where and are some positive constants.
where and , is their Wronskian. The series converges uniformly if either or ().
where is a continuous function on and is a surface area element on .
With regard to classical solutions of the Dirichlet problem for the Laplacian, Yoshida and Miyamoto , Theorem 1] proved the following result.
Our first aim is to give growth properties at infinity for .
Theorem 1 Let (resp. ), (resp. ) and
Next, we are concerned with solutions of the Dirichlet problem for the Schrödinger operator on .
Theorem 2 Let γ andbe as in Theorem 1. If u is a continuous function onsatisfying (1.6), thenis a solution of the Dirichlet problem for the Schrödinger operator onwith u and (1.7) (resp. (1.8)) holds.
If we take , then we immediately have the following corollary, which is just Theorem A in the case .
By using Corollary, we can give a solution of the Dirichlet problem for any continuous function on .
Throughout this article, let M denote various constants independent of the variables in questions, which may be different from line to line.
for anyand any.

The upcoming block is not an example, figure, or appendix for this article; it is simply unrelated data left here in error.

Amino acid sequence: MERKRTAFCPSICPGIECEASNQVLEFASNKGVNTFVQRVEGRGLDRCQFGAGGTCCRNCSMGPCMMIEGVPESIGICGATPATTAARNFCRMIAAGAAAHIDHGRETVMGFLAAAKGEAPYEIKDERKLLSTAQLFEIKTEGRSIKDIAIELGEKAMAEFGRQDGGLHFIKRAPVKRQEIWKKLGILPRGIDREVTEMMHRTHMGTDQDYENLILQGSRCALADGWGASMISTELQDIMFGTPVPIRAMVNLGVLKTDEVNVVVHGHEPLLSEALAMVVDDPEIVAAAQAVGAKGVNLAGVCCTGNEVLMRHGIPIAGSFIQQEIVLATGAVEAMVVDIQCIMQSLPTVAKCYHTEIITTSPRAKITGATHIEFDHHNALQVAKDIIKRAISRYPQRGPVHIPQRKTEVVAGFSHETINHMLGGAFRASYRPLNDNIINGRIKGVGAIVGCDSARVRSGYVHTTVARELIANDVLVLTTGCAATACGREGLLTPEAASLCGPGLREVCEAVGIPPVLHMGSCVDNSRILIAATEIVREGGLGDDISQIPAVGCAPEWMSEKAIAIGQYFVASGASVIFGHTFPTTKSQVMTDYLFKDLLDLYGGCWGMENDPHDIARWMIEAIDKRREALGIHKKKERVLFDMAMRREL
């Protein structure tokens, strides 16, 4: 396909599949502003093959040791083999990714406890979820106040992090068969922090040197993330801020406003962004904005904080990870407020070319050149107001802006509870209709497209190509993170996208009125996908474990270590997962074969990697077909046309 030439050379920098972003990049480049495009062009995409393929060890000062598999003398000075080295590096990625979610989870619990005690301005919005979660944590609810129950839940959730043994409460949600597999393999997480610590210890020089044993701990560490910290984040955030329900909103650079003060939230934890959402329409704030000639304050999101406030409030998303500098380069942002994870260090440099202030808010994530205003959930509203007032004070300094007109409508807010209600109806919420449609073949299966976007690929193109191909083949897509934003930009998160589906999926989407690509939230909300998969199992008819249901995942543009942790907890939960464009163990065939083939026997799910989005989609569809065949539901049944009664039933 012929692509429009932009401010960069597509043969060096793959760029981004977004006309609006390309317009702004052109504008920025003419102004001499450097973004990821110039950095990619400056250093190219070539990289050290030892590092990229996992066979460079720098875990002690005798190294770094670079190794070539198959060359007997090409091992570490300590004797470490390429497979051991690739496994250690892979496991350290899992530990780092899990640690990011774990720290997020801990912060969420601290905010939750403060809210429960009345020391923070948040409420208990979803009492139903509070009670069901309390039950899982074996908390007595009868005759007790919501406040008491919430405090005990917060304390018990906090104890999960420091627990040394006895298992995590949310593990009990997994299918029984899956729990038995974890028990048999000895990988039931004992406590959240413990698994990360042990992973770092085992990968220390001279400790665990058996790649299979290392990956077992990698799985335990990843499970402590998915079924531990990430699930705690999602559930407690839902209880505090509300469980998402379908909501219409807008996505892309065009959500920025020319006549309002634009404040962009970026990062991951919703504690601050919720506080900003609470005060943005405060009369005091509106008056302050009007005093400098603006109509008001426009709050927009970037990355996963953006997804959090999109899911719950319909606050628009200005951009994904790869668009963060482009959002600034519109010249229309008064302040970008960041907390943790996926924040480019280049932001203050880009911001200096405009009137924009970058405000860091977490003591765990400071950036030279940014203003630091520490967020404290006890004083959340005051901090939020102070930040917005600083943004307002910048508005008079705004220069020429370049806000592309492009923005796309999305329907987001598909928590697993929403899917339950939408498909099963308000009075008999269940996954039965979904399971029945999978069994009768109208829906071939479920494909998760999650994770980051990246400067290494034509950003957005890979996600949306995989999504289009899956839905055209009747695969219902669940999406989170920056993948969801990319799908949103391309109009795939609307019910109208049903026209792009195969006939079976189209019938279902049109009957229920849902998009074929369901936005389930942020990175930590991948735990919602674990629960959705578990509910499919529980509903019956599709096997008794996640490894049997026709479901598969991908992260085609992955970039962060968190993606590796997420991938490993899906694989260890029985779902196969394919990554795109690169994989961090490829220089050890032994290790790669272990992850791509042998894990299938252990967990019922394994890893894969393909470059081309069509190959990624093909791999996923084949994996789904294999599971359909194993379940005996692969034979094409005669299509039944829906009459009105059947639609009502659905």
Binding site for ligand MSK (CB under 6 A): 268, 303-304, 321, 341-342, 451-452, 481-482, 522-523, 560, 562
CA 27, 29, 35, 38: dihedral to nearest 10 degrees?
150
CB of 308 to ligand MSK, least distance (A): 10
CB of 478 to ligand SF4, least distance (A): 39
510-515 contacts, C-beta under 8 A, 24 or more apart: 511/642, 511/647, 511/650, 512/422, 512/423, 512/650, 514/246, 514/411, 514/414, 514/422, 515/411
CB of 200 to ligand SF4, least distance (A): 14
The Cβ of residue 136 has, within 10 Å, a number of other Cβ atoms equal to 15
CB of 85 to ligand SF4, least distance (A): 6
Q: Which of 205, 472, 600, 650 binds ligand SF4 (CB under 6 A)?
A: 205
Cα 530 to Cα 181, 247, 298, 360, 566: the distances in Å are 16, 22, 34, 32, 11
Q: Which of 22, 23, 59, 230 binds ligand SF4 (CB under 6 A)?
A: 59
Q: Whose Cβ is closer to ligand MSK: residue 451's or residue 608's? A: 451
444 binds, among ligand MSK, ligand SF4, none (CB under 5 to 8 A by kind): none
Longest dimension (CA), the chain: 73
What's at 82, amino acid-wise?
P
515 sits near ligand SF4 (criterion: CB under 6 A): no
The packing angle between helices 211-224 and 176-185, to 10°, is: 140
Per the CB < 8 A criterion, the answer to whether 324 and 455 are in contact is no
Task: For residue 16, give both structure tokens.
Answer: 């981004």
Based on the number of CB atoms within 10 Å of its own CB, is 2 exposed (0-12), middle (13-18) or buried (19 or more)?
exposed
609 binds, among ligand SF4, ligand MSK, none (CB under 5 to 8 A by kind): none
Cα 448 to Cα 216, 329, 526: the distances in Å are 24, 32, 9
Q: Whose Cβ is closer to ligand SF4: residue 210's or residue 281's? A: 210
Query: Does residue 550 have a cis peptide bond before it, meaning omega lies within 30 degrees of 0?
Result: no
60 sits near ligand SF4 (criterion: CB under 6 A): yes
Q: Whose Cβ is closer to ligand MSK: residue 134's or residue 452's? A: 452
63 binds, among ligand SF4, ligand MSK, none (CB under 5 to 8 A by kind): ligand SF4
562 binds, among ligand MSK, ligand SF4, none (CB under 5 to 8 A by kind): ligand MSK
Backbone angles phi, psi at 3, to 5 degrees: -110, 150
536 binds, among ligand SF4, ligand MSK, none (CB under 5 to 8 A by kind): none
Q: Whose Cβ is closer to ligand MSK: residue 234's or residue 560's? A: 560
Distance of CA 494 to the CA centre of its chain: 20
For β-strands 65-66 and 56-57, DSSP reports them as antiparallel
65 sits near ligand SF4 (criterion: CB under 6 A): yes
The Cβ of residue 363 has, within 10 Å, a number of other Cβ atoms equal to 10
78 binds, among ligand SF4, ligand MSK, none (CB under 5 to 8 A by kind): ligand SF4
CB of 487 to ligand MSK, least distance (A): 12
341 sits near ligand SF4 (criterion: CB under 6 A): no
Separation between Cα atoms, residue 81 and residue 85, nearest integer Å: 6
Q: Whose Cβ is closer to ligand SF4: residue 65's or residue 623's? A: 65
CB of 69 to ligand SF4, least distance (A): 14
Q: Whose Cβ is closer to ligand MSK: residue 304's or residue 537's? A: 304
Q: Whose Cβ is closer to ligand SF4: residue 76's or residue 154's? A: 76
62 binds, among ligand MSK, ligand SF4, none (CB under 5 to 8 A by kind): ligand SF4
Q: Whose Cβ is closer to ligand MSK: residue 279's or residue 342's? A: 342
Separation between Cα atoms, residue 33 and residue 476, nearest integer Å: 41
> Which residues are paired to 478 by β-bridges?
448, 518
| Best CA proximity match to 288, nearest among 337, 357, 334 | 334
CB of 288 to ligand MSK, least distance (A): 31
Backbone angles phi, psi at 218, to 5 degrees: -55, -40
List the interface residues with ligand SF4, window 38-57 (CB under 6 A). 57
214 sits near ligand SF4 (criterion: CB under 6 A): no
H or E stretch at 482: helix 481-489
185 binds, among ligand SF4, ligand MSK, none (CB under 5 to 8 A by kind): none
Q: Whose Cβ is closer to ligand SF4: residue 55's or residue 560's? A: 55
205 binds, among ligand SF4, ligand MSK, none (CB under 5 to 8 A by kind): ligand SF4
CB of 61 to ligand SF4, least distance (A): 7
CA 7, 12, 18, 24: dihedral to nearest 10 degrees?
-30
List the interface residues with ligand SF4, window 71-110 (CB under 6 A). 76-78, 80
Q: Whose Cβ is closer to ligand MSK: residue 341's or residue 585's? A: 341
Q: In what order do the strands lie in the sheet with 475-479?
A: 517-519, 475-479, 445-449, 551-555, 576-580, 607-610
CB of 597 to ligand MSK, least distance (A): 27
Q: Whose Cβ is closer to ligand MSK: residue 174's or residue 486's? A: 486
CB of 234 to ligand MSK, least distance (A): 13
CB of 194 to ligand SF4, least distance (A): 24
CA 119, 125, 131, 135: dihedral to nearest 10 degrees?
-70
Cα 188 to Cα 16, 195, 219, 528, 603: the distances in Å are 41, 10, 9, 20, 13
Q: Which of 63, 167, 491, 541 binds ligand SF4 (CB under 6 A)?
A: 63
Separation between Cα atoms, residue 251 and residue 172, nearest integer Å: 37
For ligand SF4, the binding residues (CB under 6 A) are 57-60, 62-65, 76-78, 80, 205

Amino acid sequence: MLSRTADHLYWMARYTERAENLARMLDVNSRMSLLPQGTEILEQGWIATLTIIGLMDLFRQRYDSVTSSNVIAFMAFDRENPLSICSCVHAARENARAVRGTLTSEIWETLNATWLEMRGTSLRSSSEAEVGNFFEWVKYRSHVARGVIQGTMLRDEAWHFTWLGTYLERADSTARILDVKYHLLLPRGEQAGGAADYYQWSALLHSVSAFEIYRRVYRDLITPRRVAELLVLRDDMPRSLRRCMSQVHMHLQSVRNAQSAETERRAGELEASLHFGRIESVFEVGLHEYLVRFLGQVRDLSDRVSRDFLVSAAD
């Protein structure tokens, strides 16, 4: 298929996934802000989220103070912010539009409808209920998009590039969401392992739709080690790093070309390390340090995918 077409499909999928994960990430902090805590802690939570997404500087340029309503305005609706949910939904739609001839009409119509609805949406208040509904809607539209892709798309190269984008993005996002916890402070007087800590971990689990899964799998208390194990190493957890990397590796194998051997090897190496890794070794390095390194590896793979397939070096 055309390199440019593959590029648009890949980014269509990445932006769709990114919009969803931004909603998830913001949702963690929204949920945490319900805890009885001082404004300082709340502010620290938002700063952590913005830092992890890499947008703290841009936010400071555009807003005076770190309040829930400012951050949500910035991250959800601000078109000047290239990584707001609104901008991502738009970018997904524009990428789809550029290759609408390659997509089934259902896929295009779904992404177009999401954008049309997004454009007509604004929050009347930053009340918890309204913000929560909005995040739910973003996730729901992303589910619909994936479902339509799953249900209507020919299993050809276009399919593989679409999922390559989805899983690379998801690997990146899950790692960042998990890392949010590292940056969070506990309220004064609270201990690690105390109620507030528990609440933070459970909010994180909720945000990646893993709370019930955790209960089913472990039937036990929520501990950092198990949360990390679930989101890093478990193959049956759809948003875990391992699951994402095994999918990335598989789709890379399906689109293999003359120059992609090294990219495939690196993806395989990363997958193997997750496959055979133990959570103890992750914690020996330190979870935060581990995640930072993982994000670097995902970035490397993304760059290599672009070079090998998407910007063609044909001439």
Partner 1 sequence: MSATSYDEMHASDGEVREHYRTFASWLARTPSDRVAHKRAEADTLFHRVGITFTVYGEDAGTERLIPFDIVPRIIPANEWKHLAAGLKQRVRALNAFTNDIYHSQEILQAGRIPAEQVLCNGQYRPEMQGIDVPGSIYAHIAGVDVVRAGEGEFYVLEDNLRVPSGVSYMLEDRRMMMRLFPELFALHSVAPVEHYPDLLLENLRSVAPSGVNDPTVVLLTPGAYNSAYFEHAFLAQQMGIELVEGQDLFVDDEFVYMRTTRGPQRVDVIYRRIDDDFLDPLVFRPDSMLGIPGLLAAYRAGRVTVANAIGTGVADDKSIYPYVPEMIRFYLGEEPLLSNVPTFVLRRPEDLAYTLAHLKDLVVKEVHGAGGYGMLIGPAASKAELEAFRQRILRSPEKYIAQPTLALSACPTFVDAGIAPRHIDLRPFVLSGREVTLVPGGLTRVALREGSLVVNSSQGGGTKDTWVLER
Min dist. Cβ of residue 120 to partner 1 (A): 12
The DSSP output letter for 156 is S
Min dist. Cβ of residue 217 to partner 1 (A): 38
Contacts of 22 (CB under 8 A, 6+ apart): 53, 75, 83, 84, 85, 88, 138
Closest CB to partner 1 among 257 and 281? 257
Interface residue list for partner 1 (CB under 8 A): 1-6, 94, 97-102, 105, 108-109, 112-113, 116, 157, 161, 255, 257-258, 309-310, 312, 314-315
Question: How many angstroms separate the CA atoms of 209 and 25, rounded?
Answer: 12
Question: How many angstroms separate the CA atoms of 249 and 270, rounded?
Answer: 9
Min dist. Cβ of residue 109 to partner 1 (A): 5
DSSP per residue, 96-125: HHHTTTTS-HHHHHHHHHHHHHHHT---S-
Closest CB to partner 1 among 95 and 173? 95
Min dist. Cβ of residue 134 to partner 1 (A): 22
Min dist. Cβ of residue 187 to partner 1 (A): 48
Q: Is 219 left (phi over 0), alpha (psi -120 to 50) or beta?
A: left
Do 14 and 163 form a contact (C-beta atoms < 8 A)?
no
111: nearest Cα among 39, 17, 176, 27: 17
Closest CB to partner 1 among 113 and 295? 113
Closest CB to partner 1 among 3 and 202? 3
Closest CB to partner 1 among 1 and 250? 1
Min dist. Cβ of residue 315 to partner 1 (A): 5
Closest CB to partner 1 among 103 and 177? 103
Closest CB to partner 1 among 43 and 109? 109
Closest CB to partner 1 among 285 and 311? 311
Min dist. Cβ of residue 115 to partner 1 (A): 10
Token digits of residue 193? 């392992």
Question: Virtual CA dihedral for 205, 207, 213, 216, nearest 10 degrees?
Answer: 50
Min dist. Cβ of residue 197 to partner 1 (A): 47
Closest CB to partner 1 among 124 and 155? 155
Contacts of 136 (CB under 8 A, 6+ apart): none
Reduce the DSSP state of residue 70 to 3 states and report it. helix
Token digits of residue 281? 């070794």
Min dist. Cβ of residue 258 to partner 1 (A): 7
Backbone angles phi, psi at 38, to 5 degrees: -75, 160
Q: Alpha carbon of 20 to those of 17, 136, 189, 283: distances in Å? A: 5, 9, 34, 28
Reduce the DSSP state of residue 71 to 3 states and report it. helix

Lemma 2 (see )
for anyandsatisfying (), whereis a constant dependent of n, m and s.
Lemma 3 (see , Theorem 1])
Ifis a solution of Equation (1.1) onsatisfying
(2.6) gives that (2.5) holds, from which the conclusion immediately follows. □
3 Proof of Theorem 1
We only prove the case , the remaining case can be proved similarly.
which is similar to the estimate of .
and divide into two sets and .
which is similar to the estimate of .
where is a positive integer satisfying .
Combining (3.3)–(3.11), we obtain that if is sufficiently large and ϵ is sufficiently small, then as , where . Then we complete the proof of Theorem 1.
4 Proof of Theorem 2
Thus is finite for any . Since is a generalized harmonic function of for any fixed , is also a generalized harmonic function of . That is to say, is a solution of Equation (1.1) on .
Now we study the boundary behavior of . Let be any fixed point and l be any positive number satisfying .
Notice that is the Poisson a-integral of , we have . Since (; ) as , we have from the definition of the kernel function . , and therefore tends to zero.
for any from the arbitrariness of l. Thus we complete the proof of Theorem 2 from Theorem 1.
5 Proof of Theorem 3
From Corollary, we have the solution of the Dirichlet problem on with u satisfying (1.9). Consider the function . Then it follows that this is the solution of Equation (1.1) in and vanishes continuously on .
from (1.10) and (1.11). Then the conclusions of Theorem 3 follow immediately from Lemma 4.
The authors would like to thank anonymous reviewers for their valuable comments and suggestions about improving the quality of the manuscript. This work is supported by The National Natural Science Foundation of China under Grant 11071020 and Specialized Research Fund for the Doctoral Program of Higher Education under Grant 20100003110004.